Thursday, January 18, 2018

The Passing of Two OTR Legends

One hell of a way to start the new year, or any new year... On the morning of January 2, we lost two legends who practically changed the landscape of the hobby of old-time radio: Bob Burchett and Frank Buxton. While we spend hundreds of hours a year listening to old-time radio recordings, and reading magazine articles and scholarly journals, we often forget the trendsetters of the times who made the hobby what it is today. 

Bob Burchett at the Cincinnati OTR Convention
Bob Burchett was a guiding light in the hobby and as Rodney Bowcock so aptly mentioned on Facebook: "Bob was never afraid to take the initiative and do things himself. He wanted a convention in Cincinnati? He got some folks together and started one. Someone wanted to form a club where members could trade shows? He started Hello Again Radio. Fan magazines drying up? No reason not to keep printing The Old Time Radio Digest. He did that for years."

Bob Burnham of BRC Broadcast Services recalled the time Burchett, inspired by a recent visit to the Friends of Old-Time Radio Convention in Newark, New Jersey, wanted to replicate the same in Cincinnati, Ohio. "Bob called me up outta the blue and said, 'If he put on a convention in Cincinnati, would ya come?' Cincy is only about a five hour drive from Detroit and that would begin the first of my many treks to Cincy. I only missed one or two out of a couple decades worth. The last one, I think, was 2012. Bob seemed in good health and his usual upbeat spirit that made those trips so much fun. In 2006, he presented me with the Stone-Waterman Award basically for my efforts and support. But the award should go to him, and I believe he did get one in Newark."

Bob Burchett played a larger role than most people in the hobby know. He was, for many years, the official photographer of the Friends of Old-Time Radio convention, preserving the image of fans meeting their idols such as Jackson Beck, Fred Foy, Carlton E. Morse, and the great Hildegarde. Few photos can be found of Burchett at those early convention years because Bob was behind the camera, not in front. And he tended to forget to have his own photo taken with the legends. For decades he maintained a bi-monthly magazine devoted solely to old-time radio, The Old Time Radio Digest. Those early issues are gems and Bob was responsible for selecting articles with meat and substance. Some of the earliest documented findings of Duffy's Tavern, Suspense, The Adventures of Superman and The Great Gildersleeve can be found within the pages. He was blessed to meet Ezra Stone and help preserve Stone's legacy as the Henry Aldrich of radio fame. In recent years he was also the editor of the OTRR magazine, reporting of recent discoveries from archival finds.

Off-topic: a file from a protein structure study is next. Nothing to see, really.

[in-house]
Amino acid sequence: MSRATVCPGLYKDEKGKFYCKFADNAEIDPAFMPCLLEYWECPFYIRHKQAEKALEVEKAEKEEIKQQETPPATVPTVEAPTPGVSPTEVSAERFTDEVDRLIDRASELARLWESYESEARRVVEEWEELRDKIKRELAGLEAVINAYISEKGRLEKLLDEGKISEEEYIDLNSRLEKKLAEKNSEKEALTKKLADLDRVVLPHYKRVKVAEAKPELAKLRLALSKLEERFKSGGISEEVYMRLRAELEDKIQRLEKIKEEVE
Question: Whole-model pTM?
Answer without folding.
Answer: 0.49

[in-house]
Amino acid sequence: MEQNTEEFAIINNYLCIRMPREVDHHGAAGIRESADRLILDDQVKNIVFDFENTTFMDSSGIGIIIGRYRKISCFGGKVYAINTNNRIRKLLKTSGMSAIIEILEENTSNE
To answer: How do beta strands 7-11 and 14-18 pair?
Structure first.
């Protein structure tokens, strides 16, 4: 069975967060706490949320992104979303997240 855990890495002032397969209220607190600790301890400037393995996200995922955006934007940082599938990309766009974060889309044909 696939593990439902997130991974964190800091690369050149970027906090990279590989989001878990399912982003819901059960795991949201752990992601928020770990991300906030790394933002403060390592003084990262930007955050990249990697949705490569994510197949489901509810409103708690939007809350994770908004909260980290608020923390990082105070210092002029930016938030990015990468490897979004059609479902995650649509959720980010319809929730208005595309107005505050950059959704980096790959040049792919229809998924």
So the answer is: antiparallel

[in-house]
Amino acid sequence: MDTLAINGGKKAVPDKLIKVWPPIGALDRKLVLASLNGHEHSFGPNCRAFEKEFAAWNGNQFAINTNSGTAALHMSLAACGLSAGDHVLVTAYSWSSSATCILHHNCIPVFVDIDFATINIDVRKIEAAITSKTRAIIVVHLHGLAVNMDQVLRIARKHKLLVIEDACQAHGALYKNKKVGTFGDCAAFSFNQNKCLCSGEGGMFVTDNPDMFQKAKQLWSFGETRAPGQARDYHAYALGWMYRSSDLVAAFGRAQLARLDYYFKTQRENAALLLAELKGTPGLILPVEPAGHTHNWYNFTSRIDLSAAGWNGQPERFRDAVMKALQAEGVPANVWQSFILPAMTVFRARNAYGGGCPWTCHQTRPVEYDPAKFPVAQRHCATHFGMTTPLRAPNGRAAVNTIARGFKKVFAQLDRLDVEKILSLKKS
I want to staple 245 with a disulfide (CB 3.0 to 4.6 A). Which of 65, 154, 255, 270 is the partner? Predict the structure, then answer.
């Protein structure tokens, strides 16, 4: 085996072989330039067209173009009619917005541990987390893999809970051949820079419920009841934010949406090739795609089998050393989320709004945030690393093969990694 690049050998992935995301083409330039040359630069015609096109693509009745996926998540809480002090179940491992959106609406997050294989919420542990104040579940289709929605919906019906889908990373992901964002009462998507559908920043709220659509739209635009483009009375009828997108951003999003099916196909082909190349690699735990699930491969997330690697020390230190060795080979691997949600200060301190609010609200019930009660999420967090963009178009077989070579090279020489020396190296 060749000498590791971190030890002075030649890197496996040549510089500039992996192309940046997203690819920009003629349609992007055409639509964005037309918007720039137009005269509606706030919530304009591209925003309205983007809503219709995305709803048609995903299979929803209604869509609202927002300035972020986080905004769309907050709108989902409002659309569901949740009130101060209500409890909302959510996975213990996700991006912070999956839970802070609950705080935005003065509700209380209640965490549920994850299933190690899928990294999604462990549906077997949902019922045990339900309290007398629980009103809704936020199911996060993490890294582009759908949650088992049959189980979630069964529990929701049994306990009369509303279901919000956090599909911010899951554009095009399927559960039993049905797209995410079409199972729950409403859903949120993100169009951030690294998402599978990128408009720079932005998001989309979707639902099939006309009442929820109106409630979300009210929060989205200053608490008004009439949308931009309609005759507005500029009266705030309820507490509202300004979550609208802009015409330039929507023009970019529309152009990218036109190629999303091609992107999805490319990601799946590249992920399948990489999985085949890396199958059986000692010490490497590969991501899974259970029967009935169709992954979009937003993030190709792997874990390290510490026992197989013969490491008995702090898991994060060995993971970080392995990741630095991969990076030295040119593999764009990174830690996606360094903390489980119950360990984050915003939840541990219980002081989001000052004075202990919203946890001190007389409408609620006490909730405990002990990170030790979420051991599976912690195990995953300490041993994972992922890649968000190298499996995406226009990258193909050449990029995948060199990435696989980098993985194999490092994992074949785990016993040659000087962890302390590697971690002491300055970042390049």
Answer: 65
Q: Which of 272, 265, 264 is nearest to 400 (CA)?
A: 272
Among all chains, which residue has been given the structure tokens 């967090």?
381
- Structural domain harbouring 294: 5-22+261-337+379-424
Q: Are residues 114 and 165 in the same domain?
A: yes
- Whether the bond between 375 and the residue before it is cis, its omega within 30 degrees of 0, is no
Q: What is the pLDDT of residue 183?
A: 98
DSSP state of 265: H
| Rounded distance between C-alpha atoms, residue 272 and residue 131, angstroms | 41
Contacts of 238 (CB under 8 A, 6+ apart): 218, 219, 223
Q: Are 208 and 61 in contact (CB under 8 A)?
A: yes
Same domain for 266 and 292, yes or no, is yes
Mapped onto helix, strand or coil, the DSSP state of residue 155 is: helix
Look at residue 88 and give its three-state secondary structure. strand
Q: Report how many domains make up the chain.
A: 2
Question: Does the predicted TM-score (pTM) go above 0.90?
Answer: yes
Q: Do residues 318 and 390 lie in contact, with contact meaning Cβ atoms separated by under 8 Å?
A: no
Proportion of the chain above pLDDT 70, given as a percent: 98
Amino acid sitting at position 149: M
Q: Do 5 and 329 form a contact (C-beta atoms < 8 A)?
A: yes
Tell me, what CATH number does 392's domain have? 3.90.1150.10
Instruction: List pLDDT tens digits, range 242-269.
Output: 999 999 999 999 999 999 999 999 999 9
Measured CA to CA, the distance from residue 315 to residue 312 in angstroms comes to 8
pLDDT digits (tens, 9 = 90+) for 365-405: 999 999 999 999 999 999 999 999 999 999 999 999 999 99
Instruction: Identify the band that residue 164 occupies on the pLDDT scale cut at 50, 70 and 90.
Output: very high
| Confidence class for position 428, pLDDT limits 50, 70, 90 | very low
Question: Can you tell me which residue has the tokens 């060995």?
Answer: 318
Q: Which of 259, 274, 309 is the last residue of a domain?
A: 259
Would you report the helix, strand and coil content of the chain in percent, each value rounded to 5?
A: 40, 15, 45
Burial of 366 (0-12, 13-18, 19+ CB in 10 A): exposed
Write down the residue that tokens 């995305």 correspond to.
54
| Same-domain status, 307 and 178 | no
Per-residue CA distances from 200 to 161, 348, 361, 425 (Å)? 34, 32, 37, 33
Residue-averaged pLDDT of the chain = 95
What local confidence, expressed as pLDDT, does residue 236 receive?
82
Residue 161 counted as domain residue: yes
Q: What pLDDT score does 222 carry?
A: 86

"Bob was the moving force behind the Cincinnati radio conventions," recalled Terry Salomonson. "I attended every one of the conventions from the beginning. He was a long term, and very good friend. Bob was the first person to receive the Parley E. Baer award. He also was the only one that received it from Parley's hands to his."

Jim McCuaig, a Canadian collector of old-time radio, added: "Bob's dedicated work with the Cincinnati OTR Convention led to my meeting many American friends for the first time, and boosted my interest in OTR, classic television and nostalgia conventions in general. I owe him a great deal." Indeed, we all owe Bob a great deal. We can take comfort in knowing he is sharing laughs with Willard Waterman, Rosemary Rice and Ezra Stone, among others.